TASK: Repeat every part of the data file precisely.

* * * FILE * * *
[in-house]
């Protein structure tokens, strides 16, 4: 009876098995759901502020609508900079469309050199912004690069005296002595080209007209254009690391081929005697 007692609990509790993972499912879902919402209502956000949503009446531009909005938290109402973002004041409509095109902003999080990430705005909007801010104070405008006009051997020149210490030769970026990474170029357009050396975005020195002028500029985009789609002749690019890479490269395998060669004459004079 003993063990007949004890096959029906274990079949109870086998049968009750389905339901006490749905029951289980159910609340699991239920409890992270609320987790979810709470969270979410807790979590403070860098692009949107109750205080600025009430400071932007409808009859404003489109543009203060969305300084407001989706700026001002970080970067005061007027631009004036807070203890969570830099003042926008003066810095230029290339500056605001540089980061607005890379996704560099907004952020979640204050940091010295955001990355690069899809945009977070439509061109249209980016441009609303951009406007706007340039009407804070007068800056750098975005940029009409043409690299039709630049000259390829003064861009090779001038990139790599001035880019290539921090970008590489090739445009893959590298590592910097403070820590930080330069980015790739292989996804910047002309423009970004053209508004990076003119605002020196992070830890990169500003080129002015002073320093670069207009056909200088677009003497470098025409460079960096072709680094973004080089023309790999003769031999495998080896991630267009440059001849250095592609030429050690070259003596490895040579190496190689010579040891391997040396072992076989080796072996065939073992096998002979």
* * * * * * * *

[in-house]
């Protein structure tokens, strides 16, 4: 009876098995759901502020609508900079469309050199912004690069005296002595080209007209254009690391081929005697 007692609990509790993972499912879902919402209502956000949503009446531009909005938290109402973002004041409509095109902003999080990430705005909007801010104070405008006009051997020149210490030769970026990474170029357009050396975005020195002028500029985009789609002749690019890479490269395998060669004459004079 003993063990007949004890096959029906274990079949109870086998049968009750389905339901006490749905029951289980159910609340699991239920409890992270609320987790979810709470969270979410807790979590403070860098692009949107109750205080600025009430400071932007409808009859404003489109543009203060969305300084407001989706700026001002970080970067005061007027631009004036807070203890969570830099003042926008003066810095230029290339500056605001540089980061607005890379996704560099907004952020979640204050940091010295955001990355690069899809945009977070439509061109249209980016441009609303951009406007706007340039009407804070007068800056750098975005940029009409043409690299039709630049000259390829003064861009090779001038990139790599001035880019290539921090970008590489090739445009893959590298590592910097403070820590930080330069980015790739292989996804910047002309423009970004053209508004990076003119605002020196992070830890990169500003080129002015002073320093670069207009056909200088677009003497470098025409460079960096072709680094973004080089023309790999003769031999495998080896991630267009440059001849250095592609030429050690070259003596490895040579190496190689010579040891391997040396072992076989080796072996065939073992096998002979």